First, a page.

One of the biggest obstacles to taking a long-term view of any business – listed or unlisted – anywhere in the world is that the shelf life of CEOs of large firms tends to be short. Whilst a typical American CEO lasts only 4-5 years, even in India successful CEOs rarely get more than a decade in the top job. So, if we want to value a firm’s cashflows beyond those 10 years, we have to have a view on the quality of the CEO’s successor. Unfortunately, for companies (and therefore for investors) it is very hard to get succession planning right. This story in the FT is about what must be the toughest succession planning challenge ever – succeeding Warren Buffett. As the FT explains, even with an unlimited budget, with best talent in America at its disposal and with more than a decade to plan for the event, Berkshire Hathaway is having a tough time finding a successor for the legendary investor.

The FT first introducers us to the Berkshire executives who are being groomed to manage hundreds of billions of dollars in the post-Buffett era – Ted Weschler and Todd Combs: “Combs’ background is insurance; the 53-year-old got his start at Progressive. An internship with Blue Ridge Capital, one of the “Tiger cub” hedge funds, led to a job at Copper Arch Capital before he we went on to found his own fund, Castle Point Capital, in 2005.

Weschler, 61, started out as a junior financial analyst at WR Grace before helping to start private equity group Quad-C Management, then launching his own hedge fund in 2000.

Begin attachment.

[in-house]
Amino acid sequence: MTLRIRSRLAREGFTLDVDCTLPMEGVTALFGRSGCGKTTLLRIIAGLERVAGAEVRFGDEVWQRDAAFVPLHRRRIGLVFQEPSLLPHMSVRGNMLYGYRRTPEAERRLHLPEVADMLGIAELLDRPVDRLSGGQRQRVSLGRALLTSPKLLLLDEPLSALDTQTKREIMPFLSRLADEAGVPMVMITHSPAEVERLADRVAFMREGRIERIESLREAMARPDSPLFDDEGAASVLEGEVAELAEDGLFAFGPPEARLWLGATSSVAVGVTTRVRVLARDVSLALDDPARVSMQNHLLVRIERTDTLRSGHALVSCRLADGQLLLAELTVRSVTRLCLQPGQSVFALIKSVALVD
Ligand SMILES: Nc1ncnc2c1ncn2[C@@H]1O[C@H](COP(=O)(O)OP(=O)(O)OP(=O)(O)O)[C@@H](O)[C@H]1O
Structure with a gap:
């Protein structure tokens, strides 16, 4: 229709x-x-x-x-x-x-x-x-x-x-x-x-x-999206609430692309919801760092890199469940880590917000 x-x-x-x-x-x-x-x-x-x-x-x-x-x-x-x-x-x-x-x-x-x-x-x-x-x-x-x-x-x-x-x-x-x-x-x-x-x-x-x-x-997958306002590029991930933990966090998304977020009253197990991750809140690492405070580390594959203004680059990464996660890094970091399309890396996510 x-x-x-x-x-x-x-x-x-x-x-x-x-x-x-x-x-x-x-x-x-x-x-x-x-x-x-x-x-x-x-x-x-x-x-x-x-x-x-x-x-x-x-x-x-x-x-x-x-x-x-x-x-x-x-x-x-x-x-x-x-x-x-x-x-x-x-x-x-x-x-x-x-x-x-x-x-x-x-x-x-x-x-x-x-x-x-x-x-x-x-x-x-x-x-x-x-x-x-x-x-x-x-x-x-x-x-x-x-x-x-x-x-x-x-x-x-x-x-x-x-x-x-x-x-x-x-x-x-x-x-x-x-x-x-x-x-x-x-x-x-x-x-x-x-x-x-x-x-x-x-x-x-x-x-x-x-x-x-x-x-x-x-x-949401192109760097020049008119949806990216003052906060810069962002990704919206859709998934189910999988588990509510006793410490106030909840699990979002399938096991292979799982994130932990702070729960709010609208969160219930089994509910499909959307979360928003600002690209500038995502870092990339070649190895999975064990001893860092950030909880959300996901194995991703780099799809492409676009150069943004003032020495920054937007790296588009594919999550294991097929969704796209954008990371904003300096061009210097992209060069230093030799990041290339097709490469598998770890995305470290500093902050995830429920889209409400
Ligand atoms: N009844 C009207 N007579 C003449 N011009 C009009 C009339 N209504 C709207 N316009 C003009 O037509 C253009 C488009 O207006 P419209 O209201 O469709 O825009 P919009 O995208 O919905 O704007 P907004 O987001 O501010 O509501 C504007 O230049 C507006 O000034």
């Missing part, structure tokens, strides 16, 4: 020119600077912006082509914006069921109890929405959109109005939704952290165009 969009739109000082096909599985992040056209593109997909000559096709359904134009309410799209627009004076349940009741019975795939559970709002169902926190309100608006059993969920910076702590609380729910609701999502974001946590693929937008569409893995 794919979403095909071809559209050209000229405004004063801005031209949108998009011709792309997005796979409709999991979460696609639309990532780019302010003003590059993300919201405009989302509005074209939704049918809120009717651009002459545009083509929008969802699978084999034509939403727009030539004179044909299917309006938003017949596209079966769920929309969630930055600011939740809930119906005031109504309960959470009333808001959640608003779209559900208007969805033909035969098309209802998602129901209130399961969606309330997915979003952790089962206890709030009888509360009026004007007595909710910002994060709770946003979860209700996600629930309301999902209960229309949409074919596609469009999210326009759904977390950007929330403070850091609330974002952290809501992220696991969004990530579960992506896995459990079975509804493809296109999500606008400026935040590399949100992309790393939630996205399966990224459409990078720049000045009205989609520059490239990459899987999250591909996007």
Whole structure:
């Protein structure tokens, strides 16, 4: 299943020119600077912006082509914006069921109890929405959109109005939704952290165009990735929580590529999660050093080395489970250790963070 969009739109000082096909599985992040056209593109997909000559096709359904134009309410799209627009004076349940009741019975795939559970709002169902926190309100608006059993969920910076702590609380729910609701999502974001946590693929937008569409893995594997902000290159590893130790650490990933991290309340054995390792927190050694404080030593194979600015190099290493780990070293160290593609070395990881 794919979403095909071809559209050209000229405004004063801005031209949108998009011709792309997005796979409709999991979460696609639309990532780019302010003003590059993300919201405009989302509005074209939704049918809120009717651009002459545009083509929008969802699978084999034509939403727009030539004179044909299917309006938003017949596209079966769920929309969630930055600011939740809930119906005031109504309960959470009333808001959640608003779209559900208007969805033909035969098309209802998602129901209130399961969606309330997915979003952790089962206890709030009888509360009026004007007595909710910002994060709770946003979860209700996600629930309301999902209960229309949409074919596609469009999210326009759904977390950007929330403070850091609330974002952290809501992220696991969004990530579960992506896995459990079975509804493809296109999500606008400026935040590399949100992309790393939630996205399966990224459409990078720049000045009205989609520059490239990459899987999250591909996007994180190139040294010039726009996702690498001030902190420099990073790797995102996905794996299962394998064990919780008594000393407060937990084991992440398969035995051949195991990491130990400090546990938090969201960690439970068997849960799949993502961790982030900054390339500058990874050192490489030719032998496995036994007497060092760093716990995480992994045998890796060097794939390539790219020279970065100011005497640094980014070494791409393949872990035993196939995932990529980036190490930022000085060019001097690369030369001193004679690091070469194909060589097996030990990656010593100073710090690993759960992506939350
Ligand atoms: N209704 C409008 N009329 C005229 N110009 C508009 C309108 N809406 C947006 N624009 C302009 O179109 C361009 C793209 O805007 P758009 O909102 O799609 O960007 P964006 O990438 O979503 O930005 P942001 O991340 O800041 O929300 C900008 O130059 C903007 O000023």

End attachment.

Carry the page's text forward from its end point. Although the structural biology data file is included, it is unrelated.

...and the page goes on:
Like Buffett, they have described themselves as voracious readers, picking through newspapers, trade publications and company annual reports. In 2017 Combs said he got into the office at 7am or 8am and left 12 hours later, spending the day primarily reading.

In his previous job he often spent late nights poring over securitisation documents. “So it’s the puzzle,” he said last year. “It’s figuring out the puzzle. That’s where I get giddy.”

Weschler has described himself as a reader of “weird stuff” — such as trade publications Furniture Today and Uranium Weekly — in an attempt to gain an edge.

“One of the great mistakes of investing is people do end up reading the same thing,” Weschler said in 2022. “The only way you’ll have success in the stock market is if you have a variant perception, something different from the masses.”

The FT then reassuringly adds that Messrs Weschler & Combs subscribe to the same investment philosophy espoused by Mr Buffett: “The two investment lieutenants also share a similar investing ethos with the man they are due to replace one day: finding good businesses with strong management teams that are trading at attractive prices.

In a new section for Security Analysis, the seminal work by Ben Graham and David Dodd that was republished last year, Combs described how he looks for a moat, a competitive advantage that would be hard for rivals to overcome. “Add on characteristics like low capital intensity, pricing power, recurring revenues, staying power, and the likelihood of long-term growth, and you have a great business,” he added.

For years after joining Berkshire, the pair would have lunch every Monday with Buffett, often joined by Tracy Britt Cool, another Berkshire alum. They would exchange notes on investments and talk shop.”